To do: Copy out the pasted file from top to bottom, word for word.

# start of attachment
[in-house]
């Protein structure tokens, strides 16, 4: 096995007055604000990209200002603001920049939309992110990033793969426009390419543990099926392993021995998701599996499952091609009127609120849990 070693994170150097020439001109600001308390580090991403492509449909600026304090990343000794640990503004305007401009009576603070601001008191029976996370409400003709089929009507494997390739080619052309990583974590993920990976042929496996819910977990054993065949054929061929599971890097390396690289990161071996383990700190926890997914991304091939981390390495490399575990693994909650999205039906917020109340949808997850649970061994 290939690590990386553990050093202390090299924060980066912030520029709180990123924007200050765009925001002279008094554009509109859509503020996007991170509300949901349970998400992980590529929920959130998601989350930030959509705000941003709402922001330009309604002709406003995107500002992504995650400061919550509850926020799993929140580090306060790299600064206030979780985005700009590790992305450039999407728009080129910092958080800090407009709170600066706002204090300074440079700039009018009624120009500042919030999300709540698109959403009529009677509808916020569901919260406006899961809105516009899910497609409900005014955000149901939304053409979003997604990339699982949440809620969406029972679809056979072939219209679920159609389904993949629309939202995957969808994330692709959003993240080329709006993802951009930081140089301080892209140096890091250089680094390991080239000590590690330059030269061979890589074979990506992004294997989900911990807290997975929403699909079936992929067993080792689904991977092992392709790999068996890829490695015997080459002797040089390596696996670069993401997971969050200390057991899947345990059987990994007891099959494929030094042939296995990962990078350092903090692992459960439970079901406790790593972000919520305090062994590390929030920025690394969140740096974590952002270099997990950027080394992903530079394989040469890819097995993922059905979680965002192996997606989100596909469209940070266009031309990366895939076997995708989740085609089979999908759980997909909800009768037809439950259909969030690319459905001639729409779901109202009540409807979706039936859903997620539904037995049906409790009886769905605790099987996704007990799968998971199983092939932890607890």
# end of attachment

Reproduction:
[in-house]
């Protein structure tokens, strides 16, 4: 096995007055604000990209200002603001920049939309992110990033793969426009390419543990099926392993021995998701599996499952091609009127609120849990 070693994170150097020439001109600001308390580090991403492509449909600026304090990343000794640990503004305007401009009576603070601001008191029976996370409400003709089929009507494997390739080619052309990583974590993920990976042929496996819910977990054993065949054929061929599971890097390396690289990161071996383990700190926890997914991304091939981390390495490399575990693994909650999205039906917020109340949808997850649970061994 290939690590990386553990050093202390090299924060980066912030520029709180990123924007200050765009925001002279008094554009509109859509503020996007991170509300949901349970998400992980590529929920959130998601989350930030959509705000941003709402922001330009309604002709406003995107500002992504995650400061919550509850926020799993929140580090306060790299600064206030979780985005700009590790992305450039999407728009080129910092958080800090407009709170600066706002204090300074440079700039009018009624120009500042919030999300709540698109959403009529009677509808916020569901919260406006899961809105516009899910497609409900005014955000149901939304053409979003997604990339699982949440809620969406029972679809056979072939219209679920159609389904993949629309939202995957969808994330692709959003993240080329709006993802951009930081140089301080892209140096890091250089680094390991080239000590590690330059030269061979890589074979990506992004294997989900911990807290997975929403699909079936992929067993080792689904991977092992392709790999068996890829490695015997080459002797040089390596696996670069993401997971969050200390057991899947345990059987990994007891099959494929030094042939296995990962990078350092903090692992459960439970079901406790790593972000919520305090062994590390929030920025690394969140740096974590952002270099997990950027080394992903530079394989040469890819097995993922059905979680965002192996997606989100596909469209940070266009031309990366895939076997995708989740085609089979999908759980997909909800009768037809439950259909969030690319459905001639729409779901109202009540409807979706039936859903997620539904037995049906409790009886769905605790099987996704007990799968998971199983092939932890607890």